Ross: Quetzalcóatl represents the worldview, of these ancient Mesoamericans.  One such view has come to be known as cosmovision.

Fanny Blauer: For me, it’s those beings that connect god with men; their holy gods, meaning their gods' representatives on Earth. The jaguar represented for the Olmecs the ruler of the darkness, meaning the best warriors and the highest classes in their society. The snakes represented the territorial world and mankind's knowledge. So when we see those elements of wisdom and warriors and the strongest rulers, and the men combined, within this piece, it’s what I call cosmovision. All the elements of the universe are comprised in what a human is.

This “Aztec Stone of the Sun” is a full-size replica in the American Museum of Natural History in New York City. The Aztecs believed that as the Sun was the source of all life, it required the sacrifice of blood and of lives to sustain it. The Stone of the Sun weighs more than 20 tons and is 12 feet in diameter. It was installed in the ceremonial center of Tenochtitlan, the Aztec capital, until Cortés threw it down and buried it during the time of the conquest. It was rediscovered in 1790, and now stands in the Museum of Anthropology in Mexico City.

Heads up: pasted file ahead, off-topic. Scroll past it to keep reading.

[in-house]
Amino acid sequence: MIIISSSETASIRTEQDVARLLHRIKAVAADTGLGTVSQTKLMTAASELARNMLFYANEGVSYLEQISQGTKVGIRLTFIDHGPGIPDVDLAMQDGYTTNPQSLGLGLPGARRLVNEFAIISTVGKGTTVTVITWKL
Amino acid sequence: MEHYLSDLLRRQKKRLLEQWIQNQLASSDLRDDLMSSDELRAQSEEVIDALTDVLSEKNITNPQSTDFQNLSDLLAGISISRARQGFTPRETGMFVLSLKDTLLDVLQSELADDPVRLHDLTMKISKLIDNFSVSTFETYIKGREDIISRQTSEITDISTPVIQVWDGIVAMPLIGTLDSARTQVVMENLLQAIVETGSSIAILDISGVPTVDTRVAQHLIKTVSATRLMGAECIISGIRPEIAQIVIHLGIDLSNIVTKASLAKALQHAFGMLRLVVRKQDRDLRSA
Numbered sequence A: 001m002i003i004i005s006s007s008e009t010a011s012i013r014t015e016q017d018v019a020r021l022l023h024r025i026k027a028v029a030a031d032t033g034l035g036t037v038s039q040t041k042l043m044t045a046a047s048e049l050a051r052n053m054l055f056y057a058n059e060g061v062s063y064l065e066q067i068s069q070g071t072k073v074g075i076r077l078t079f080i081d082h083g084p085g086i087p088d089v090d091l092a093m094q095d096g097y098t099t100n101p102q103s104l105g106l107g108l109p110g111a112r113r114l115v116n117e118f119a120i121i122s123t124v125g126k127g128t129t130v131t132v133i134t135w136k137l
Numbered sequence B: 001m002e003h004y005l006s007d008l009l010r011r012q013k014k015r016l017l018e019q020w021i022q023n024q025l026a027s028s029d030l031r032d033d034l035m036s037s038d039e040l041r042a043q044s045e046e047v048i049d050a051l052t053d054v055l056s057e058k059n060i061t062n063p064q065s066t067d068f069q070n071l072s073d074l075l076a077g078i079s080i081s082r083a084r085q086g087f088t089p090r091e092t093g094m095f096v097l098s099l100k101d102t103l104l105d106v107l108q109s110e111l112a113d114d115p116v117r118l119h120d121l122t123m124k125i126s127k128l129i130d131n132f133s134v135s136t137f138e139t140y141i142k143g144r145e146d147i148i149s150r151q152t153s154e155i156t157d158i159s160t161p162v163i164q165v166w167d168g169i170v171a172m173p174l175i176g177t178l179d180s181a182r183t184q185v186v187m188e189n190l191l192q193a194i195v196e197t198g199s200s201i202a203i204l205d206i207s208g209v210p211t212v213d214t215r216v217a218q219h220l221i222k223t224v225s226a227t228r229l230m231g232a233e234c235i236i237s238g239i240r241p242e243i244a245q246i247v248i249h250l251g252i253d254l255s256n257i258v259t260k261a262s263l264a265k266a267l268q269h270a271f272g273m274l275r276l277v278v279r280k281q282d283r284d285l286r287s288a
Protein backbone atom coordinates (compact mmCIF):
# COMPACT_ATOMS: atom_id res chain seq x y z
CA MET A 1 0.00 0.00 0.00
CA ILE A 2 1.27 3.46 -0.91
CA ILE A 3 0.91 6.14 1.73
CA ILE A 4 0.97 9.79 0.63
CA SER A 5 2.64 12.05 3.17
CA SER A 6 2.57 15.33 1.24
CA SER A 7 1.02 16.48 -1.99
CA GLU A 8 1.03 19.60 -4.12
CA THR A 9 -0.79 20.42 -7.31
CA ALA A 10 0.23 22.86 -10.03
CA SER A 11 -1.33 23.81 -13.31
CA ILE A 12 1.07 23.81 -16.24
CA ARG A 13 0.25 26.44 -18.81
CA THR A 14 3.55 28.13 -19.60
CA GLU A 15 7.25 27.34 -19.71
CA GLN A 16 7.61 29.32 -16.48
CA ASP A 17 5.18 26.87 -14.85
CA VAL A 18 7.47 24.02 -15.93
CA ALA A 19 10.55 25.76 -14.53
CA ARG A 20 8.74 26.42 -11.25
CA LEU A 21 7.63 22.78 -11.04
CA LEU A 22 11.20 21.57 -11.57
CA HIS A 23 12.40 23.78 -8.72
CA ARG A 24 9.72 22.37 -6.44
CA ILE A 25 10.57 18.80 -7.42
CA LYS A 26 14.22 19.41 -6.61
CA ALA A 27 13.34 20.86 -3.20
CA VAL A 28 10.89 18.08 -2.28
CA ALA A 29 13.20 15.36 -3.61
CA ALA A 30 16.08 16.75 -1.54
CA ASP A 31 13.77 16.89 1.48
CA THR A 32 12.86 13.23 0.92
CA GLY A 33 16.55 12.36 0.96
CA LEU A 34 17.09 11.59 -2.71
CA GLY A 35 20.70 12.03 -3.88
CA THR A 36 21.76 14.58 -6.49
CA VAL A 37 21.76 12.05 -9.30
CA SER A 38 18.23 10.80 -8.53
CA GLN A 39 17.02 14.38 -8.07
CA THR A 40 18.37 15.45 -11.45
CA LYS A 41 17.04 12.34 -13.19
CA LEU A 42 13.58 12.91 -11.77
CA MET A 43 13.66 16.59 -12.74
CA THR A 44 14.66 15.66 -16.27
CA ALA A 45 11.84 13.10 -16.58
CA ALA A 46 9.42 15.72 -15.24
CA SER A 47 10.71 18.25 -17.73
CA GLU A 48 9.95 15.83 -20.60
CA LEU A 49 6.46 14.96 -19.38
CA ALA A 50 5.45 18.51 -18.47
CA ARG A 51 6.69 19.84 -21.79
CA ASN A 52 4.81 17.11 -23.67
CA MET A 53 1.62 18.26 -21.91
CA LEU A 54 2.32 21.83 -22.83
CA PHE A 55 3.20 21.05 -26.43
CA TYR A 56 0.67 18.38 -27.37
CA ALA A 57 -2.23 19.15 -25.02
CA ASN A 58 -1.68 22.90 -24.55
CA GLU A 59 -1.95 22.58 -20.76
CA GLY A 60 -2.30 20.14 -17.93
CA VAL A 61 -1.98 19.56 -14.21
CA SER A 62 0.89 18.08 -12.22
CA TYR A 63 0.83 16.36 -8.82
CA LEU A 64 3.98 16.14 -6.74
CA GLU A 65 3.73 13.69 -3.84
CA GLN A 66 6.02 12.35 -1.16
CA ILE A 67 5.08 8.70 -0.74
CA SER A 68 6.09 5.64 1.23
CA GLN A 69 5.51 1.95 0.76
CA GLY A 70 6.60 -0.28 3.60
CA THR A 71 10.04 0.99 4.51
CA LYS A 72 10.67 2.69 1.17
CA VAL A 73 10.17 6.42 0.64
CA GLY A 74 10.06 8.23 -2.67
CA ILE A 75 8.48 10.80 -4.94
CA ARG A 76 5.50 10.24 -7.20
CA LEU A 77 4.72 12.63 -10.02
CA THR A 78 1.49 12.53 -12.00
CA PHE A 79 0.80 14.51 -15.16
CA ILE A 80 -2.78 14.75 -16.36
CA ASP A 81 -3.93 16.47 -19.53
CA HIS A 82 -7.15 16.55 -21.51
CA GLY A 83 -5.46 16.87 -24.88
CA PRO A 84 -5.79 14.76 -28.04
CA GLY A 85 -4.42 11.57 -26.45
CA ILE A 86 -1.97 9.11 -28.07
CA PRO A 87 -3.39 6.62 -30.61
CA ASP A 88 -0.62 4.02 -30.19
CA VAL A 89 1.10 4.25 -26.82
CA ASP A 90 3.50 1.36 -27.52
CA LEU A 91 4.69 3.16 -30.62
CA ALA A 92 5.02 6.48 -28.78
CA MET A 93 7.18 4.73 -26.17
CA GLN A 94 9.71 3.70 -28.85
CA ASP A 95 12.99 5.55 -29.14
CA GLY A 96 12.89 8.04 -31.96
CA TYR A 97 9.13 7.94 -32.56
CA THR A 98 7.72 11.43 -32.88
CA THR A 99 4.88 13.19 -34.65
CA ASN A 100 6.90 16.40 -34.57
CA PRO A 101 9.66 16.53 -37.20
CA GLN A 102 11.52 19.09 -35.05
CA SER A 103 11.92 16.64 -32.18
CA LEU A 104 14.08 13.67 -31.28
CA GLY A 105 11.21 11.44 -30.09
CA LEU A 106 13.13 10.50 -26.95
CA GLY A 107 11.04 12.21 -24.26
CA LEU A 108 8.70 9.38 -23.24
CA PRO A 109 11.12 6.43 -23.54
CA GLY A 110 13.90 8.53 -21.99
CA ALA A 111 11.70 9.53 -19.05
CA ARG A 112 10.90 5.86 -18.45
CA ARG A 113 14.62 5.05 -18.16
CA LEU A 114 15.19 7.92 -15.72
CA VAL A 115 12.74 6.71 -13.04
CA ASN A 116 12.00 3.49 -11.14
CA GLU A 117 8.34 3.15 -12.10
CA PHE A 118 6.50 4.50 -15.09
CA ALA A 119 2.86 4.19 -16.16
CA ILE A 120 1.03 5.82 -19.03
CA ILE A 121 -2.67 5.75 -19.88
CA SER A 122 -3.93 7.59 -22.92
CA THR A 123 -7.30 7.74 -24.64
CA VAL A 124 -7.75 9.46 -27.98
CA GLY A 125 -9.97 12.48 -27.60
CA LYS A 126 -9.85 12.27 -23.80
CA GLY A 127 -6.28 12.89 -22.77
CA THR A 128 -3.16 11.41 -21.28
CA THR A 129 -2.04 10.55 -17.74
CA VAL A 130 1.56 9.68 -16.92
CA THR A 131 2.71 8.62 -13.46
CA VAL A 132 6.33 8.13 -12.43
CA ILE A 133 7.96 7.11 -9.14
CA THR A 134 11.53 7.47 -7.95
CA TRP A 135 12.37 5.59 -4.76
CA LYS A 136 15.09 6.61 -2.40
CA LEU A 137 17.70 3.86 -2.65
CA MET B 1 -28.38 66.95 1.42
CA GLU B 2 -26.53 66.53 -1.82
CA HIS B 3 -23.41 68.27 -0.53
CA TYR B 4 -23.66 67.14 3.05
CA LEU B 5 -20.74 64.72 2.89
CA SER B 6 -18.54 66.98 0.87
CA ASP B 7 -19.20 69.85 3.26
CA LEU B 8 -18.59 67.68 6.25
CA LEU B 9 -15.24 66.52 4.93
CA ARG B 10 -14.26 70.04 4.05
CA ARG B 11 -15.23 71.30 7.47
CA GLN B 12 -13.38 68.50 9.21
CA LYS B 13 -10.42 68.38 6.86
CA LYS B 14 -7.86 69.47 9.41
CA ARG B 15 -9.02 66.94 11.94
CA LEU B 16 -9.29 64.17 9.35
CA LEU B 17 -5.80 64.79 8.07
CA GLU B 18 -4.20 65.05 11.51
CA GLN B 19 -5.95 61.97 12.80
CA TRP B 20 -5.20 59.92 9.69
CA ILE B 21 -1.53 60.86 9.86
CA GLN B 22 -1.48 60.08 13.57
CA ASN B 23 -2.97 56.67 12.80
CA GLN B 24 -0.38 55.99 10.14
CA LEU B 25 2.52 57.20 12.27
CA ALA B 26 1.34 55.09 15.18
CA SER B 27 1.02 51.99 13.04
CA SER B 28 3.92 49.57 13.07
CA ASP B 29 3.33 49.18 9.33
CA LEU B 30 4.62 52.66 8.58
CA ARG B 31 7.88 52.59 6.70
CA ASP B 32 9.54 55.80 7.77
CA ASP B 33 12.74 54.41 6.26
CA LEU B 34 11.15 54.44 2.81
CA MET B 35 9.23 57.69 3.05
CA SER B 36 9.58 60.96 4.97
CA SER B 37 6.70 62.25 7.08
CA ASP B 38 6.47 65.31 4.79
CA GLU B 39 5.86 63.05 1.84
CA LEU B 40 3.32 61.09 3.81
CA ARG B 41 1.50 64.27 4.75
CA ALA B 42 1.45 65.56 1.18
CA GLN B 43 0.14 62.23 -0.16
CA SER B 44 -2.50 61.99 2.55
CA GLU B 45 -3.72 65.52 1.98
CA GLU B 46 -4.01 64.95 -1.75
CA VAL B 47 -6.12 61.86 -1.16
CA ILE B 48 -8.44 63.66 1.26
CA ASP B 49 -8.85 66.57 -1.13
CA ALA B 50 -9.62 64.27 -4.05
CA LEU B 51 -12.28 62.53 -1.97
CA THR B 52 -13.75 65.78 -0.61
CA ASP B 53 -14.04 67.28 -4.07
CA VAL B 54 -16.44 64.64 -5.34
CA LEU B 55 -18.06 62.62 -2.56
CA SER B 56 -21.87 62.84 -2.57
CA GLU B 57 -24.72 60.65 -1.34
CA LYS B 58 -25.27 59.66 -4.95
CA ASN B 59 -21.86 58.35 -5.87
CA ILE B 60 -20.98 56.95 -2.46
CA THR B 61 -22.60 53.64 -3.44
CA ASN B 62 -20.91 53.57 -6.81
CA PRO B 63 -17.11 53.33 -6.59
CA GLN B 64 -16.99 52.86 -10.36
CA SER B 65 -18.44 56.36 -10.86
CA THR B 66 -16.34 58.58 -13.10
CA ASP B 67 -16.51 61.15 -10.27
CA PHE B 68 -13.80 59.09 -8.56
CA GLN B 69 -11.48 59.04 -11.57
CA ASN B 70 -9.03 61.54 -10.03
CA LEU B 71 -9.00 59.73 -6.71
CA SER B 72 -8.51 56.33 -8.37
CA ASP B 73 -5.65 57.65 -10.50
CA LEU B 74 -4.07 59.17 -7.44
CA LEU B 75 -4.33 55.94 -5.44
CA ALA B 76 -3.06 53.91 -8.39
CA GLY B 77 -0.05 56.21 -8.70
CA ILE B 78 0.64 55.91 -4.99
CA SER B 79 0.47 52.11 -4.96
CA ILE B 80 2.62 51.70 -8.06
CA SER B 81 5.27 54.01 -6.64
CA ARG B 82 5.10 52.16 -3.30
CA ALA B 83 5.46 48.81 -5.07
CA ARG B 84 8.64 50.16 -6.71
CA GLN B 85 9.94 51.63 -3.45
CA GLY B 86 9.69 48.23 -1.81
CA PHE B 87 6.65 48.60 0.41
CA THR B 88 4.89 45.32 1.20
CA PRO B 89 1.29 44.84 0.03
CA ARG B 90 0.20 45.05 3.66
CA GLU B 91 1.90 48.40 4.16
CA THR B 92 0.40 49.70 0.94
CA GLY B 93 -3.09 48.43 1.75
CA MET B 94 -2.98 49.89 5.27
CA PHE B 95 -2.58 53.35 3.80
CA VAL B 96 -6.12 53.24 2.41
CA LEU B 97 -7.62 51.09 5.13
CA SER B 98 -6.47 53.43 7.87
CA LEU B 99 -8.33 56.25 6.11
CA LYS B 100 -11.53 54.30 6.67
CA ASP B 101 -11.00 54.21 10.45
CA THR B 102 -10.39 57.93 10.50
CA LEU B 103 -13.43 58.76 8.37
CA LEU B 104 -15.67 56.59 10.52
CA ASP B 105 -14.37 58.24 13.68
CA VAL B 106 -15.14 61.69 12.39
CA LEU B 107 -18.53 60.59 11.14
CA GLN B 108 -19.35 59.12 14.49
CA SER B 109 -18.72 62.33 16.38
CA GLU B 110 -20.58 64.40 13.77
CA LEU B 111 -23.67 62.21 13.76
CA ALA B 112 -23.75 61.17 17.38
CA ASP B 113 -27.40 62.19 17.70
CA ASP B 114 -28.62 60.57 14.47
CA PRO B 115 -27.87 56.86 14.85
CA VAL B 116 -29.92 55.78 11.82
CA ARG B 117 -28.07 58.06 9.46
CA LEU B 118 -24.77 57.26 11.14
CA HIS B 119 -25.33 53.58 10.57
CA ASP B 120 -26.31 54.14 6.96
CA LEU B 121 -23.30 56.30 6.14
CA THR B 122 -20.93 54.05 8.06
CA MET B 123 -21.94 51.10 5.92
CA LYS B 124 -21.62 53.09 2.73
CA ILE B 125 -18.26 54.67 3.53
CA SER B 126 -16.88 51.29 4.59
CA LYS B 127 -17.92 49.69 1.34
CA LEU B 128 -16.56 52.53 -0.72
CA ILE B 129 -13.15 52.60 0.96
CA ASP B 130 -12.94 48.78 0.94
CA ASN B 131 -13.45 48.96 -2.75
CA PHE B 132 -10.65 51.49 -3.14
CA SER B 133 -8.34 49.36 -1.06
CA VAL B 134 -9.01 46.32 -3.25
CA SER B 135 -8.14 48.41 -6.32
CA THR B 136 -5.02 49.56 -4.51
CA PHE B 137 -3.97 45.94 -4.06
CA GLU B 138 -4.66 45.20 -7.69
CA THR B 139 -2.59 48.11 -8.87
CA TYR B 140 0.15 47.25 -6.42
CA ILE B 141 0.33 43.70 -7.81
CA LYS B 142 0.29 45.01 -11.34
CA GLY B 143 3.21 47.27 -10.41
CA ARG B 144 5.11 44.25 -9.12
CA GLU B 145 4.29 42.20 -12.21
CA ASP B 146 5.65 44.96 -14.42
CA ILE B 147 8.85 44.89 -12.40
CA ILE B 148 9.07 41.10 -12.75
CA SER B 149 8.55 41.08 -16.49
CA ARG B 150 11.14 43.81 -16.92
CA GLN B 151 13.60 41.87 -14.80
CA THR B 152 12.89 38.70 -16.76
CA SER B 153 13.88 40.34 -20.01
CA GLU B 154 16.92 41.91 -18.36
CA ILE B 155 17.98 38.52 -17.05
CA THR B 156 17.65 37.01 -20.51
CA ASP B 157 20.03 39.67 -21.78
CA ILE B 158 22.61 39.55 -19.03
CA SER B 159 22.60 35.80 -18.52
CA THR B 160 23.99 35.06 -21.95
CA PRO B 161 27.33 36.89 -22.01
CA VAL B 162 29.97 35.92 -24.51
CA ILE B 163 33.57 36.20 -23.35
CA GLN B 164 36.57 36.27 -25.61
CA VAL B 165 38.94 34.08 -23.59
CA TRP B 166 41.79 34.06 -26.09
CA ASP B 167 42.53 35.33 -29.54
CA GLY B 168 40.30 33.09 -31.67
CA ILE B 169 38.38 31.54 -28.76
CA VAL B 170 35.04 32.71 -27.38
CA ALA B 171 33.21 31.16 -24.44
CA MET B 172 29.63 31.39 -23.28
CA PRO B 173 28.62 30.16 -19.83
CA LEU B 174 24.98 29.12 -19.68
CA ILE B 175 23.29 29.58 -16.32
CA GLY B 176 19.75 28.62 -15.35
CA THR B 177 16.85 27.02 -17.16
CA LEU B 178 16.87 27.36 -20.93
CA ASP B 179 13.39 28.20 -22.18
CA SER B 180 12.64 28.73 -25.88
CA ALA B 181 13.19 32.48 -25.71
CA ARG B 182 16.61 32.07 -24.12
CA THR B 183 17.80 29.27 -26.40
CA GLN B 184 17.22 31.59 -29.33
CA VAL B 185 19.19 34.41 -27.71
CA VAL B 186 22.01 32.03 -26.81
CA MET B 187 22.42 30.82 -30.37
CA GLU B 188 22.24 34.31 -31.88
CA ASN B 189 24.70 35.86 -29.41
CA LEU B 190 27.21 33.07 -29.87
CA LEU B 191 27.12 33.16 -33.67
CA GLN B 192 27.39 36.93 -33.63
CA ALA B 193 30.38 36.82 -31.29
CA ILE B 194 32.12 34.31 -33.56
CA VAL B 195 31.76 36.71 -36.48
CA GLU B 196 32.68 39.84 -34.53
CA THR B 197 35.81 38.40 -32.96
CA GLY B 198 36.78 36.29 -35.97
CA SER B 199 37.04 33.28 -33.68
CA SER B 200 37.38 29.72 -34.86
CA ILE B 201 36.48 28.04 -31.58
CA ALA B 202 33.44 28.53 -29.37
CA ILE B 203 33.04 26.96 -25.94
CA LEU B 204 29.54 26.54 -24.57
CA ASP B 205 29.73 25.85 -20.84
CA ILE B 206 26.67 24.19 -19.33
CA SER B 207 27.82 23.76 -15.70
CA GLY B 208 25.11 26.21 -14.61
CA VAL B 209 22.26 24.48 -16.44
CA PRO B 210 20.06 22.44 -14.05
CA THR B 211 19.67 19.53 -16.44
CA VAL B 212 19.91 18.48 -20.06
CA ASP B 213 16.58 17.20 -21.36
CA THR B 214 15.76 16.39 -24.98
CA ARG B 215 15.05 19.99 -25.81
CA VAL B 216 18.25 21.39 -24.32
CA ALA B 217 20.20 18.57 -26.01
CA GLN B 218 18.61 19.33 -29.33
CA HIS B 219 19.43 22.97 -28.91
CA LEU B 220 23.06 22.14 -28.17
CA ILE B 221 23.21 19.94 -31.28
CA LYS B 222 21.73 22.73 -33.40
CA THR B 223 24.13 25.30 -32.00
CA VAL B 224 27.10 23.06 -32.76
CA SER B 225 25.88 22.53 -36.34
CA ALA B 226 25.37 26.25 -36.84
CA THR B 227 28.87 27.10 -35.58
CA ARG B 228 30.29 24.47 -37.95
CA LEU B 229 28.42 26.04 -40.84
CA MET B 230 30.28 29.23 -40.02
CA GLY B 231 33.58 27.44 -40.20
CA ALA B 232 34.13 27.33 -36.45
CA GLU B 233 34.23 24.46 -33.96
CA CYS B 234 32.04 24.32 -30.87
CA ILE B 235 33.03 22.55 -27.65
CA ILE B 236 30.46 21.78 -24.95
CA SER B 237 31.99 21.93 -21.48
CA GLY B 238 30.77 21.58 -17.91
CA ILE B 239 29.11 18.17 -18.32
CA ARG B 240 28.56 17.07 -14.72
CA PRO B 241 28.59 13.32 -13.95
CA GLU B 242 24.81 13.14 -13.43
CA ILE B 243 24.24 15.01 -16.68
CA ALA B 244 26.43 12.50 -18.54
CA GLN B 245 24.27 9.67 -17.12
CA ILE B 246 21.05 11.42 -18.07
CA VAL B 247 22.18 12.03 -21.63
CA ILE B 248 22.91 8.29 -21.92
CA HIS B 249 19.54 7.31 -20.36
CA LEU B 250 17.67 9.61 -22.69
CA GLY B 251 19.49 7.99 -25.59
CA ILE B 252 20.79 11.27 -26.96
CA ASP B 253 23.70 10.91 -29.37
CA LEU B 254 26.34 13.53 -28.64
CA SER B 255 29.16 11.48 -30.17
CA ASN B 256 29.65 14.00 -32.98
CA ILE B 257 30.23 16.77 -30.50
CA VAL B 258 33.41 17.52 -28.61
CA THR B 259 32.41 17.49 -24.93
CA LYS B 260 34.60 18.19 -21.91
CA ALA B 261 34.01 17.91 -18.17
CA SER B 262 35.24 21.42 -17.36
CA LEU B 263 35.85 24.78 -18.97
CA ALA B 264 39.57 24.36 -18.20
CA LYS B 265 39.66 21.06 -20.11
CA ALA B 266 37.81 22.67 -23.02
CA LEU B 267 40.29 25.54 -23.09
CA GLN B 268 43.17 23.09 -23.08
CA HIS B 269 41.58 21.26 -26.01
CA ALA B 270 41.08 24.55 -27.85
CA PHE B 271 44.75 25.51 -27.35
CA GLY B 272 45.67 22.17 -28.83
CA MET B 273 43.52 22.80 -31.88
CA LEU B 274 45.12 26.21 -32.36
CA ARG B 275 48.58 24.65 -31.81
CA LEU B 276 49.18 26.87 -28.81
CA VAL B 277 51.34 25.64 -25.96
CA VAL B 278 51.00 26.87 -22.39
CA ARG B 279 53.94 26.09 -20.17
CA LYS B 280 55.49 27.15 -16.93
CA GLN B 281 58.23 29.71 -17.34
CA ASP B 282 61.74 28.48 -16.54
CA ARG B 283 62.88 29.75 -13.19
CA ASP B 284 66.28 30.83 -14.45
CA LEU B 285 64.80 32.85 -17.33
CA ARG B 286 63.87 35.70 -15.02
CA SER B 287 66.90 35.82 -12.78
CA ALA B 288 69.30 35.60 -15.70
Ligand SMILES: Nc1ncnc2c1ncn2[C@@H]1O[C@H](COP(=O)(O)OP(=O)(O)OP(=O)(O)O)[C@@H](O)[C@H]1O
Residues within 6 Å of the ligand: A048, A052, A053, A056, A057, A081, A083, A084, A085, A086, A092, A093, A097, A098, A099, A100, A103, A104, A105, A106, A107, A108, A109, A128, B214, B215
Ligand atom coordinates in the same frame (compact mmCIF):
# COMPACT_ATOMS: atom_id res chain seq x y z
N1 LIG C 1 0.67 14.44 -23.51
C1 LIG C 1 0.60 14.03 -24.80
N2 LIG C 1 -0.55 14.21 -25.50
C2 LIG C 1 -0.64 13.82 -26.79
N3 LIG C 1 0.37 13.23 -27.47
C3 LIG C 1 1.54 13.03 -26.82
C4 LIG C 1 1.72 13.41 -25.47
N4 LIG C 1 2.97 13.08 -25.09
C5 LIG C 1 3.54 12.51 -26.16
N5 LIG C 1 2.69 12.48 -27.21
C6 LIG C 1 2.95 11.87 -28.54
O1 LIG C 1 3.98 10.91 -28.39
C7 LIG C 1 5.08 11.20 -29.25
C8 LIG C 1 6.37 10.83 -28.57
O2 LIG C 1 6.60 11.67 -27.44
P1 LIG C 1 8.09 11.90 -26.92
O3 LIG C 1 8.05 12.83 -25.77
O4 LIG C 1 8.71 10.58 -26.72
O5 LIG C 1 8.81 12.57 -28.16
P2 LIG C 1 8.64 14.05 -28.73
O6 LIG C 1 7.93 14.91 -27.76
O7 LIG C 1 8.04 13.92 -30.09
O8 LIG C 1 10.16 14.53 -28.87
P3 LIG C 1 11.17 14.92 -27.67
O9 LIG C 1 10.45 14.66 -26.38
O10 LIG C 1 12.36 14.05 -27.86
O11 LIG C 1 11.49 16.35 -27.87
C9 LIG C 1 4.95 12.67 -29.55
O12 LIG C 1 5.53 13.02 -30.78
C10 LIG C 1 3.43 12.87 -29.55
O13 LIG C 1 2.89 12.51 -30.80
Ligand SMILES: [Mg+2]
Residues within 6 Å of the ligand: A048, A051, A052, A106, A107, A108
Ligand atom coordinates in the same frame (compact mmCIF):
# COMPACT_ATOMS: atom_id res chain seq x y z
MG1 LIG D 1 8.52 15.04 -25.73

Luis Lopez: To my understanding, the cosmovision comes as a couple of different things. One is definitely there's a duality: the feathered serpent is Quetzalcóatl. But he does have his counterpart in the Mesoamerican belief system. Both of these deities are required for certain things to happen. You’ll see that pattern throughout pretty much everything. Also the idea that in these cultures, many times you see humanity and these other ideas all interconnected at the same time. Today, for example, people think of the afterlife as something that once life ends, then you enter this realm. It’s not that way during this time period. It’s all happening at the same time. It’s all interconnected.